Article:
APQPPNILLL LMDDMGWGDL GVYGEPSRET PNLDRMAAEG LLFPNFYSAN 50
PLCSPSRAAL LTGRLPIRNG FYTTNAHARN AYTPQEIVGG IPDSEQLLPE 100
LLKKAGYVSK IVGKWHLGHR PQFHPLKHGF DEWFGSPNCH FGPYDNKARP 150
NIPVYRDWEM VGRYYEEFPI NLKTGEANLT QIYLQEALDF IKRQARHHPF 200
FLYWAVDATH APVYASKPFL GTSQRGRYGD AVREIDDSIG KILELLQDLH 250
VADNTFVFFT SDNGAALISA PEQGGSNGPF LCGKQTTFEG GMREPALAWW 300
PGHVTAGQVS HQLGSIMDLF TTSLALAGLT PPSDRAIDGL NLLPTLLQGR 350
LMDRPIFYYR GDTLMAATLG QHKAHFWTWT NSWENFRQGI DFCPGQNVSG 400
VTTHNLEDHT KLPLIFHLGR DPGERFPLSF ASAEYQEALS RITSVVQQHQ 450
EALVPAQPQL NVCNWAVMNW APPGCEKLGK CLTPPESIPK KCLWSH 496
139-139′ 282-393 282′-393′ 463-492 463′-492′ 475-481 475′-481′
1 APRIL, 2013
BioMarin Pharmaceutical Inc. has submitted a Biologics License Application (BLA) to the U.S. Food and Drug Administration (FDA) for Vimizim (elosulfase alfa), an enzyme replacement therapy under evaluation for the treatment of patients with the rare lysosomal storage disorder mucopolysaccharidosis type IVA (MPS IVA), also called Morquio A syndrome. The company intends to submit an application for registration in the European Union (EU) by the end of April 2013.
“Based on the positive results from our Phase 3 pivotal study, we believe that Vimizim offers a substantial benefit to patients with MPS IVA, a severely debilitating and progressive disease for which there is no current treatment,” said Hank Fuchs, M.D., Chief Medical Officer of BioMarin. “The submission of the BLA represents a significant milestone for BioMarin and is the result of the strong, collaborative effort of many hard working employees, investigators, patients, and their families. With this application, BioMarin continues in its long-standing tradition of developing important therapies for those who are most in need. We look forward to working with the U.S. regulatory authorities to bring this treatment to patients.”
About MPS IVA
Mucopolysaccharidosis IVA (MPS IVA, also known as Morquio A Syndrome) is a disease characterized by deficient activity of N-acetylgalactosamine-6-sulfatase (GALNS) causing excessive lysosomal storage of glycosaminoglycans such as keratan sulfate and chondroitin sulfate. This excessive storage causes a systemic skeletal dysplasia, short stature, and joint abnormalities, which limit mobility and endurance. Malformation of the chest impairs respiratory function, and looseness of joints in the neck cause spinal instability and potentially spinal cord compression. Other symptoms may include hearing loss, corneal clouding, and heart disease. Initial symptoms often become evident in the first five years of life. The disease substantially limits both the quality and length of life of those affected.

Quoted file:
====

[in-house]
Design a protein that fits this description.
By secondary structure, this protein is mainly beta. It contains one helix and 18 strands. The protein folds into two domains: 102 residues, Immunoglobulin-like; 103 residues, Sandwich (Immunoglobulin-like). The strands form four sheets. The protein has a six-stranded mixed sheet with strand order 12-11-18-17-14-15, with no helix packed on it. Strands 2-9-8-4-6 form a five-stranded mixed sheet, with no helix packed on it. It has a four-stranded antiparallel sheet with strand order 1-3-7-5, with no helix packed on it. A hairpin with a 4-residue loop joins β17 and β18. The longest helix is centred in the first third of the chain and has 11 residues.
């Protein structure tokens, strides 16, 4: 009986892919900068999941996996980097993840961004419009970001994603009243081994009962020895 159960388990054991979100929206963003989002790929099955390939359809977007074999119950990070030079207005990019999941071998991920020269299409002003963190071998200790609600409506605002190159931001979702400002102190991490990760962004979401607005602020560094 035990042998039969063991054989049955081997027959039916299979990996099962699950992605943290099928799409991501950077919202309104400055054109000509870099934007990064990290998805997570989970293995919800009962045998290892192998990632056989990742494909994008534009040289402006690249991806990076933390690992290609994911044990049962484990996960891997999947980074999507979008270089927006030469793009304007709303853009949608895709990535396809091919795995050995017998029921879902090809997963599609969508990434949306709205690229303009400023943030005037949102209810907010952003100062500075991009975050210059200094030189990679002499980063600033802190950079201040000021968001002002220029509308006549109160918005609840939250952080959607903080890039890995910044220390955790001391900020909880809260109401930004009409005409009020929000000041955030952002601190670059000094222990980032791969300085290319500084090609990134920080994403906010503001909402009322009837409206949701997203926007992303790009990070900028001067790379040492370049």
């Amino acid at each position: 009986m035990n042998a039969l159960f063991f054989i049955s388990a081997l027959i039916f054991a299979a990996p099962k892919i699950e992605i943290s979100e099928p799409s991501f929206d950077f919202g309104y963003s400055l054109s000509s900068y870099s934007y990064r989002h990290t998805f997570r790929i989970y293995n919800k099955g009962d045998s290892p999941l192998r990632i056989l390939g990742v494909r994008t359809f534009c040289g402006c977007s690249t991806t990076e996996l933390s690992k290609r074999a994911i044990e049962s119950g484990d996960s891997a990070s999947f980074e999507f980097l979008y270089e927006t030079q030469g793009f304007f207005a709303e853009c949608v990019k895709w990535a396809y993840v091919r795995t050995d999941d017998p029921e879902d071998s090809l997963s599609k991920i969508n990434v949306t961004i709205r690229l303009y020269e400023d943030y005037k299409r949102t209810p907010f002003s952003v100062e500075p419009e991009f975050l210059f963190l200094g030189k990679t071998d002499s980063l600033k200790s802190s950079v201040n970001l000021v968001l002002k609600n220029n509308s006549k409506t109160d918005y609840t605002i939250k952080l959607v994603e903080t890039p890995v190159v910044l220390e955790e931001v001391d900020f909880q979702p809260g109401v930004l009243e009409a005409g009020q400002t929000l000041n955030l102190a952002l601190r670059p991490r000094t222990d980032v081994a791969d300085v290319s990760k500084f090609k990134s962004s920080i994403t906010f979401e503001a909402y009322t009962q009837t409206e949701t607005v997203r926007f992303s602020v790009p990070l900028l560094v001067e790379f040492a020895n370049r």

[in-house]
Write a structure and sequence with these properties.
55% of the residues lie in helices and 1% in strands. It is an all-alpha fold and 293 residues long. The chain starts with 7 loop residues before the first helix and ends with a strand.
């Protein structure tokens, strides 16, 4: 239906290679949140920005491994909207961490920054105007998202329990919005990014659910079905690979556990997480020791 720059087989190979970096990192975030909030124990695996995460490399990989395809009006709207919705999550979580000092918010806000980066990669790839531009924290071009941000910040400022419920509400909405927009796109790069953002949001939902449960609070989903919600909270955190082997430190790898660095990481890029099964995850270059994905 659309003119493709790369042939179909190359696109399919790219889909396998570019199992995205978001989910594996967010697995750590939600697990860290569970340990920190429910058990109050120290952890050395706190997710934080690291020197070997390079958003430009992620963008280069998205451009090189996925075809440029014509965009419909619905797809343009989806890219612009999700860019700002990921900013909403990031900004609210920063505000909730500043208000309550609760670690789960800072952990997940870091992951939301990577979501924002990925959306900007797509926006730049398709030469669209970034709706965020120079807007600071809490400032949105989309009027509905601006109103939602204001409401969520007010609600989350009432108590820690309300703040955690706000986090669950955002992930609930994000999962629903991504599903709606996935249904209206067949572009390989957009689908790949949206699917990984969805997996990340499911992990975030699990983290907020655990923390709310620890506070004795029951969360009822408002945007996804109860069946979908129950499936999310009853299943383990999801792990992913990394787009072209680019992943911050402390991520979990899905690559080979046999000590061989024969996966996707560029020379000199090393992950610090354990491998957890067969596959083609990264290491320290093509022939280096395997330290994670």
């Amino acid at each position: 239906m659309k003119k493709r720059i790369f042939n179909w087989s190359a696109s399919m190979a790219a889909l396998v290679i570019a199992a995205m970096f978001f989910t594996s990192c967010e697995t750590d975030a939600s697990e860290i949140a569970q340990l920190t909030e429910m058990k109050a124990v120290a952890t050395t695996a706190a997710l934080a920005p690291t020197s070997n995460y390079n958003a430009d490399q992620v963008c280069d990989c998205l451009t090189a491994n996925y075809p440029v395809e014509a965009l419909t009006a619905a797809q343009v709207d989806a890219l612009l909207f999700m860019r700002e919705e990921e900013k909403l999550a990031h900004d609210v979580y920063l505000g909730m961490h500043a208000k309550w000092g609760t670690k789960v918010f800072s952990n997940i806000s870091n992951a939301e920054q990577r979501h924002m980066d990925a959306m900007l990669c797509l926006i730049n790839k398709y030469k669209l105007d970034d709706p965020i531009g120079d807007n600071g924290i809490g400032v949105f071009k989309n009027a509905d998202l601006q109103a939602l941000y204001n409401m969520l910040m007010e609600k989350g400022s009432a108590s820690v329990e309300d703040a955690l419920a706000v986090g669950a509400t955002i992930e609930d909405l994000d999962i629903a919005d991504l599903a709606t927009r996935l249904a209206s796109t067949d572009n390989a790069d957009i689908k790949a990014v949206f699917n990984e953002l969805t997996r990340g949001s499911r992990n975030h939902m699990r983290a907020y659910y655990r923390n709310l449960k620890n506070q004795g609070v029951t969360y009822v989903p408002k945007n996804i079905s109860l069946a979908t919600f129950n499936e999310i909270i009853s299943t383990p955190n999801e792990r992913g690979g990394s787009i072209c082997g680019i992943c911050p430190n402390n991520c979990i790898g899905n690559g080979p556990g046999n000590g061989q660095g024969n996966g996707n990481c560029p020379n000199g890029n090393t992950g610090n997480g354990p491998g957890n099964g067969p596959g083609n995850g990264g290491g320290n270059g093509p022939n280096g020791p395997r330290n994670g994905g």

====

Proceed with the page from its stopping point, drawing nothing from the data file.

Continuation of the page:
The rate of incidence of MPS IVA is as yet unconfirmed and varies among different populations but estimates vary between 1 in 200,000 live births and 1 in 250,000 live births. The estimated prevalence is between 1,000 and 1,500 patients in the U.S., EU and Japan and between 1,500 to 2,000 patients in the rest of the world for a total of 2,500 to 3,000 patients.
BioMarin develops and commercializes innovative biopharmaceuticals for serious diseases and medical conditions. The company’s product portfolio comprises four approved products and multiple clinical and pre-clinical product candidates. Approved products include Naglazyme® (galsulfase) for mucopolysaccharidosis VI (MPS VI), a product wholly developed and commercialized by BioMarin; Aldurazyme® (laronidase) for mucopolysaccharidosis I (MPS I), a product which BioMarin developed through a 50/50 joint venture with Genzyme Corporation; Kuvan® (sapropterin dihydrochloride) Tablets, for phenylketonuria (PKU), developed in partnership with Merck Serono, a division of Merck KGaA of Darmstadt, Germany; and Firdapse™ (amifampridine), which has been approved by the European Commission for the treatment of Lambert Eaton Myasthenic Syndrome (LEMS). Product candidates include BMN-110 (elosulfase alfa), formally referred to as GALNS, which successfully completed Phase III clinical development for the treatment of MPS IVA, PEG-PAL (PEGylated recombinant phenylalanine ammonia lyase), which is currently in Phase II clinical development for the treatment of PKU, BMN-701, a novel fusion protein of insulin-like growth factor 2 and acid alpha glucosidase (IGF2-GAA), which is currently in Phase I/II clinical development for the treatment of Pompe disease, BMN-673, a poly ADP-ribose polymerase (PARP) inhibitor, which is currently in Phase I/II clinical development for the treatment of genetically-defined cancers, and BMN-111, a modified C-natriuretic peptide, which is currently in Phase I clinical development for the treatment of achondroplasia. For additional information, please visit www.BMRN.com. Information on BioMarin’s website is not incorporated by reference into this press release.
28 MAR 2013
The US FDA has accepted Merck’s biologics license application (BLA) for an investigational allergy immunotherapy tablet (AIT), Timothy grass pollen (Phleum pratense).
The application includes safety and efficacy data of the investigational sublingual dissolvable tablet from Phase III trials including a long-term, multi-season trial.
Merck Research Laboratories senior vice president, global scientific strategy, franchise head, infectious diseases and interim franchise head, respiratory & immunology Jeffrey Chodakewitz said, “We are pleased to have achieved this important milestone in the development of our investigational grass pollen AIT, which, if approved, would represent a potential new option for allergy specialists to offer appropriate allergic rhinitis patients.”
The grass pollen (Phleum pratense) AIT is designed to generate an immune response targeting the root cause of allergic rhinitis.
The company has collaborated with ALK-Abello for grass pollen (Phleum pratense) AIT development in North America.